Abstract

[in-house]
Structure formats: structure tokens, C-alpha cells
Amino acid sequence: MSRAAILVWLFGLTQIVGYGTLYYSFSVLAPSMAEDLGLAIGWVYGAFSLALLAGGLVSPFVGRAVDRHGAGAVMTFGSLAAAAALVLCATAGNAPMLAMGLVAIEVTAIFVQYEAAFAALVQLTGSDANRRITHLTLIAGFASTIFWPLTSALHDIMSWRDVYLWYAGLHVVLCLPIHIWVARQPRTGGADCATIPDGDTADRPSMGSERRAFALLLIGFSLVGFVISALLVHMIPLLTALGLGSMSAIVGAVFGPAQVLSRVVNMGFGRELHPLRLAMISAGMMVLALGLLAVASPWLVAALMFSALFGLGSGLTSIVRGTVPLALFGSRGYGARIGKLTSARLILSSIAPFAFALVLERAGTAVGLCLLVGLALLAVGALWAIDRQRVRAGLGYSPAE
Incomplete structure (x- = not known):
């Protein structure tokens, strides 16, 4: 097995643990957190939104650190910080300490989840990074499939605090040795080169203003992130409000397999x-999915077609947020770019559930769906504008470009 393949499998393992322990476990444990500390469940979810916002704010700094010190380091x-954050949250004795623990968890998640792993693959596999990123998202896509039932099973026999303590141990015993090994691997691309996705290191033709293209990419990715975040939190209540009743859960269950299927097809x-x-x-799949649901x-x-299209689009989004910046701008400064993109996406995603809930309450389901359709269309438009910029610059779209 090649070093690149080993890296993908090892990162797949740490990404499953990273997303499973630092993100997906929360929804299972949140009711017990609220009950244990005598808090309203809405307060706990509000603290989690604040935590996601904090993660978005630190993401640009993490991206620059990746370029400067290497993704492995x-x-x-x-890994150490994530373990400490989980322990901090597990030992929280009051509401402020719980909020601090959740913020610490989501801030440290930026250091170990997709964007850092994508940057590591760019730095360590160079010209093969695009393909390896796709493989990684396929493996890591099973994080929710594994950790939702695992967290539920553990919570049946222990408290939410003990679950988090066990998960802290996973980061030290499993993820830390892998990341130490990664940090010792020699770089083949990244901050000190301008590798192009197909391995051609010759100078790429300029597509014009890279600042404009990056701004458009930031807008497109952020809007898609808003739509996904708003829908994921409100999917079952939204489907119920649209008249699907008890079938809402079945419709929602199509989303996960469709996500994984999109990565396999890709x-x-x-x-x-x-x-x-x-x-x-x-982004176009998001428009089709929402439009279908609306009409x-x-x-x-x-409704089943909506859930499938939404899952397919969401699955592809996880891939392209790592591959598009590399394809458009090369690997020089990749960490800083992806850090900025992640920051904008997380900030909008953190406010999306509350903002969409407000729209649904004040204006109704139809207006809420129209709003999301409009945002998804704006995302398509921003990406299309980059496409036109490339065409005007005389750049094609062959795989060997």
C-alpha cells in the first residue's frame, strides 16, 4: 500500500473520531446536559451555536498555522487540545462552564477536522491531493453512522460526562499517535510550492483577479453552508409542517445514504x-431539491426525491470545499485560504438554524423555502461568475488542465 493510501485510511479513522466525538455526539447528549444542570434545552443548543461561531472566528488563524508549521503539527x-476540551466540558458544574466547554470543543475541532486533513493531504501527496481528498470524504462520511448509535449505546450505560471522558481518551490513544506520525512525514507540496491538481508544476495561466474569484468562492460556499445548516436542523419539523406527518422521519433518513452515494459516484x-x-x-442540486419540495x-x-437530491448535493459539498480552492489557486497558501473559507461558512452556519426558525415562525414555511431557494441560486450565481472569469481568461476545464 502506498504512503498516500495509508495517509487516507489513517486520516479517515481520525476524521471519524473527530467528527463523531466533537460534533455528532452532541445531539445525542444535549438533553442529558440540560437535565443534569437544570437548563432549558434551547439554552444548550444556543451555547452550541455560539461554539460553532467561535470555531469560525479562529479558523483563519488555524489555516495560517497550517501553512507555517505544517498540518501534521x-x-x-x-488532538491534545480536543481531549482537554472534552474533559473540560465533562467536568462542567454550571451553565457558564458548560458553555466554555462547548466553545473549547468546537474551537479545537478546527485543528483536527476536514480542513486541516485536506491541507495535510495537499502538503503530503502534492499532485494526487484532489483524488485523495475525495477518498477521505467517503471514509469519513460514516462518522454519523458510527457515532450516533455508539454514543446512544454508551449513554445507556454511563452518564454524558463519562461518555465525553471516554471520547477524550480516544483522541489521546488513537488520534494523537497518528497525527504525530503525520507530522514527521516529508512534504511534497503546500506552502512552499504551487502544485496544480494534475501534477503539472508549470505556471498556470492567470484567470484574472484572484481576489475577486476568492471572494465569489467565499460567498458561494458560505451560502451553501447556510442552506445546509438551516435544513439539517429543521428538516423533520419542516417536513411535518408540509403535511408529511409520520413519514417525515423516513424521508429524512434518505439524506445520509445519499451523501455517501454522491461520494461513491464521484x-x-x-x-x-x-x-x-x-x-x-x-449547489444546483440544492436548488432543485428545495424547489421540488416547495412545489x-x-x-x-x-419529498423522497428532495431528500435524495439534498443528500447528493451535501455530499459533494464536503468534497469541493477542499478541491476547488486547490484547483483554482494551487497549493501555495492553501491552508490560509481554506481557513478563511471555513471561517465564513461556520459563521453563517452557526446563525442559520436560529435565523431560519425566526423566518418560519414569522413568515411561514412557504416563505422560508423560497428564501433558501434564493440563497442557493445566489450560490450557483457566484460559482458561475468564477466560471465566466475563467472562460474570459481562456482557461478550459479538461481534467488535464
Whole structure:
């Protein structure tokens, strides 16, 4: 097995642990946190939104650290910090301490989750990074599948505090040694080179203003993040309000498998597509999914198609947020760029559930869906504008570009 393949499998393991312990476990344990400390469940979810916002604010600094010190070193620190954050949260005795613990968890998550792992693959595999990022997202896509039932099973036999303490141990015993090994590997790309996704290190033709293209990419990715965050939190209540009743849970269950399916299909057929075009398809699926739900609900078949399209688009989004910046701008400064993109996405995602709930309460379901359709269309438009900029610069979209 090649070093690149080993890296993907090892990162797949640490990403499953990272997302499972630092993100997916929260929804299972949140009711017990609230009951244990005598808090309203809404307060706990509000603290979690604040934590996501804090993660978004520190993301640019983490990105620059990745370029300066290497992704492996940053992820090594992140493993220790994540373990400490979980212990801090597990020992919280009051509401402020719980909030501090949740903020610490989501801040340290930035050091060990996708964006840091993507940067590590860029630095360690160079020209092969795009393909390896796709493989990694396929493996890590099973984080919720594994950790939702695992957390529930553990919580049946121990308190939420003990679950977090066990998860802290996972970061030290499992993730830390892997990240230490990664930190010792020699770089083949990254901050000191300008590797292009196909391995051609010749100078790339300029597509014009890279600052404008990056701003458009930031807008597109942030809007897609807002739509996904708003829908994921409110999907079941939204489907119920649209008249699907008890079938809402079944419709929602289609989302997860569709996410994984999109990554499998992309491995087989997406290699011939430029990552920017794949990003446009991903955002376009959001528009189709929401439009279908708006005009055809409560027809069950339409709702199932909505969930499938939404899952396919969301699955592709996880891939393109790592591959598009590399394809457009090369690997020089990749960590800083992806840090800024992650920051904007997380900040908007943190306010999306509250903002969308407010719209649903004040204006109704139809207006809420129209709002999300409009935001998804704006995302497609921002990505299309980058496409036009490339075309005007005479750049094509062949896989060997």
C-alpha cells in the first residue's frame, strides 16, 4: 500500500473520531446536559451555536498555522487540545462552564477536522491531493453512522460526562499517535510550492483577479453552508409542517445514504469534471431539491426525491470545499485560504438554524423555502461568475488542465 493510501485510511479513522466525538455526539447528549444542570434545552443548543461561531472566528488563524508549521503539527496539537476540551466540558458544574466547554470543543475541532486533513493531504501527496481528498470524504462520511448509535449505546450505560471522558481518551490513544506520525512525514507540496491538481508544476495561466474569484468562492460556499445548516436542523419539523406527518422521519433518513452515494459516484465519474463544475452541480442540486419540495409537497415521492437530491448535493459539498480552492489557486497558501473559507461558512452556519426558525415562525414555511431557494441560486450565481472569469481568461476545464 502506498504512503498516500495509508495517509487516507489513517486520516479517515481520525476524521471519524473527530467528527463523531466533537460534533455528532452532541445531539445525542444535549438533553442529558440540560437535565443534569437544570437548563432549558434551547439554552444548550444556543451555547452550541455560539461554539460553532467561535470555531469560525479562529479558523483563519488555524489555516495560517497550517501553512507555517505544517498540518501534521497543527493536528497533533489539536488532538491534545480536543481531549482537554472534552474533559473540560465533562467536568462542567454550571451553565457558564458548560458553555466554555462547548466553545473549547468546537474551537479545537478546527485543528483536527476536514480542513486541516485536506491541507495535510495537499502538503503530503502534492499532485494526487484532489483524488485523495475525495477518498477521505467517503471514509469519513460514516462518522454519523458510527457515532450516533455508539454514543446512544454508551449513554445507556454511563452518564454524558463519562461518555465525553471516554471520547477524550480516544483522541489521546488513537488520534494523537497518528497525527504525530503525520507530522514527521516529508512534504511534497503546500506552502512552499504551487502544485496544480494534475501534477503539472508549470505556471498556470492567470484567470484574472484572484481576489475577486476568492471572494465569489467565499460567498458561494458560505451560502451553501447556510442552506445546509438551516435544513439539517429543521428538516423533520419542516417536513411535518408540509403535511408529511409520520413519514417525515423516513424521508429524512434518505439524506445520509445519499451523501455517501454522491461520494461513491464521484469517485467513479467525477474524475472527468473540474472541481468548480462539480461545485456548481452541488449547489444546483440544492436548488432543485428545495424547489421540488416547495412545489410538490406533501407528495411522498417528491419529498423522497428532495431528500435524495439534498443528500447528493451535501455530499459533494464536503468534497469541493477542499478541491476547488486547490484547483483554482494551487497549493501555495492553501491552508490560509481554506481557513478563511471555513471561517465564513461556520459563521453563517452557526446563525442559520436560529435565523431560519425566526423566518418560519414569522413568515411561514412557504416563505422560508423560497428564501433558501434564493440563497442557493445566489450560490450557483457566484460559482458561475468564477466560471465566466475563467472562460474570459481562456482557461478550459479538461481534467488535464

The t(1;19)(q23;p13) is the most common recurring chromosomal translocation in childhood acute lymphoblastic leukemia (ALL) and has been associated with adverse prognosis. It involves the rearrangement of two genes, PBX1 and E2A, resulting in the production of transforming chimeric DNA-binding proteins. In all previous reports in which the presence of a chimeric transcript was described, the fusion point between the coding sequences of E2A and PBX1 was found to be constant at the RNA level. We have used RNA-based polymerase chain reaction (PCR) for the detection of E2A/PBX1 messenger RNAs (mRNAs) in children with ALL at the time of diagnosis. Of 21 patients exhibiting this rearrangement, 3 (14%) expressed a variant E2A/PBX1 transcript in addition to the expected one. The relative amounts of the two chimeric mRNAs varied between the patients, but remained constant in the same patient during different stages of the disease. Sequence analysis showed an identical insertion of 27 bp at the E2A/PBX1 junction of the variant RNA species, the translation of which would result in the replacement of Val478 by 10 amino acids. The inserted sequence has not been detected in any other human transcript besides the variant E2A/PBX1 RNA species and probably represents a splicing variant of the chimeric RNA. We conclude that a subset of pediatric patients with ALL that carry the E2A/PBX1 rearrangement express two types of the chimeric mRNA. The biologic significance of this additional E2A/PBX1 transcript is discussed.

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